Australia Council for the Arts

The Australia Council for the Arts, informally known as the Australia Council, is the official arts council or arts funding and advisory body for the Government of Australia.

Australia Council for the Arts
Australia Council for the Arts logo.svg
FounderGovernment of Australia
TypeCultural institution
Area served
ProductAustralian cultural education
Key people
Chair, Sam Walsh AO
CEO, Adrian Collette AM


The Australia Council (the Council) is the Australian Government's principal arts funding and advisory body. The Council is the national advocate for the arts and its purpose is to champion and invest in Australian arts. This national leadership role is achieved by supporting and building Australia's arts ecology by fostering excellence in the arts and increasing national and international engagement with Australian arts.[citation needed]


The Australia Council was formed in 1967 by Prime Minister Harold Holt as a body for the public funding of the arts. After being given statutory authority in March 1975 by the Australia Council Act[1], the Council then incorporated other government projects, such as the Commonwealth Literary Fund and the Commonwealth Art Advisory Board. It operates in co-ordination with the various state government agencies.[2]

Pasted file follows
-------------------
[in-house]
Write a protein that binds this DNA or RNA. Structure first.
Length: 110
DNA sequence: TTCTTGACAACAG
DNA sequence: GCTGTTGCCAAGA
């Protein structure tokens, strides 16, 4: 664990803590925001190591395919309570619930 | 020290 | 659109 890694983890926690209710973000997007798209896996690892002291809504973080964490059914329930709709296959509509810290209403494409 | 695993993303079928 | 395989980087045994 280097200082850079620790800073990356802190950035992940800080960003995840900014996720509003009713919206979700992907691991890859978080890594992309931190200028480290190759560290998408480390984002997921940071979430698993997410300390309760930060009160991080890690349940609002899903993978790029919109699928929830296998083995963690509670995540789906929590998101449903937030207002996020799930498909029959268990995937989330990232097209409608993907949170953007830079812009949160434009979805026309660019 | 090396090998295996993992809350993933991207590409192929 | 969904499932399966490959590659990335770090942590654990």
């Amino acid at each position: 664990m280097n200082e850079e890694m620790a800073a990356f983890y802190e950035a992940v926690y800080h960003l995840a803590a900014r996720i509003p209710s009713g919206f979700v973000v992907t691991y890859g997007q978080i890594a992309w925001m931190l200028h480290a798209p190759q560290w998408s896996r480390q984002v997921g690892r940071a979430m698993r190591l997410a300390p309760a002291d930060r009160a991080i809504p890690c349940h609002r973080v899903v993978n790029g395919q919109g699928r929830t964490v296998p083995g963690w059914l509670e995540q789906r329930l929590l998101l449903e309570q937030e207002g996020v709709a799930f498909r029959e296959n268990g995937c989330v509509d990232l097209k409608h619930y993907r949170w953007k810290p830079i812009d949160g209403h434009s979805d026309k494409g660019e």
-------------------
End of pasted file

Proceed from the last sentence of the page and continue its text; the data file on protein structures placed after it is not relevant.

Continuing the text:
The Council's operations were independently reviewed in 2012, and the Australia Council Act 2013 (the Act) commenced on 1 July 2013.[further explanation needed]

Funding changes (2014-2016)Edit

In early 2014 federal Arts Minister George Brandis and Minister for Communications Malcolm Turnbull told artists at the Sydney Biennale that they were ungrateful and selfish to protest about the role of Transfield in the Nauru immigration detention centre. In December 2014, Brandis withdrew a large portion of literature funding from Australia Council.[3][4]

In May 2015, Brandis cut $26 million a year for four years from Australia Council arts funding, a third of its arts funding, receiving significant criticism from the arts community.[5][6] The money was reallocated to a new program, the National Program for Excellence in the Arts (NPEA). NPEA in turn was criticised by many artists and arts organisations for lacking the "arms-length" funding principles that had applied to the relationship between the government and Australia Council since its inception in the 1970s. These principles have traditionally had bipartisan support.[7][8][9] Brandis was criticised previously for giving Melbourne classical music record label Melba Recordings a $275,000 grant outside of the usual funding and peer-assessment processes.[10] Brandis's changes to funding arrangements, including the quarantining of the amount received by Australia's 28 major performing arts companies, were widely seen to disadvantage the small-to-medium arts sector and independent artists.[8]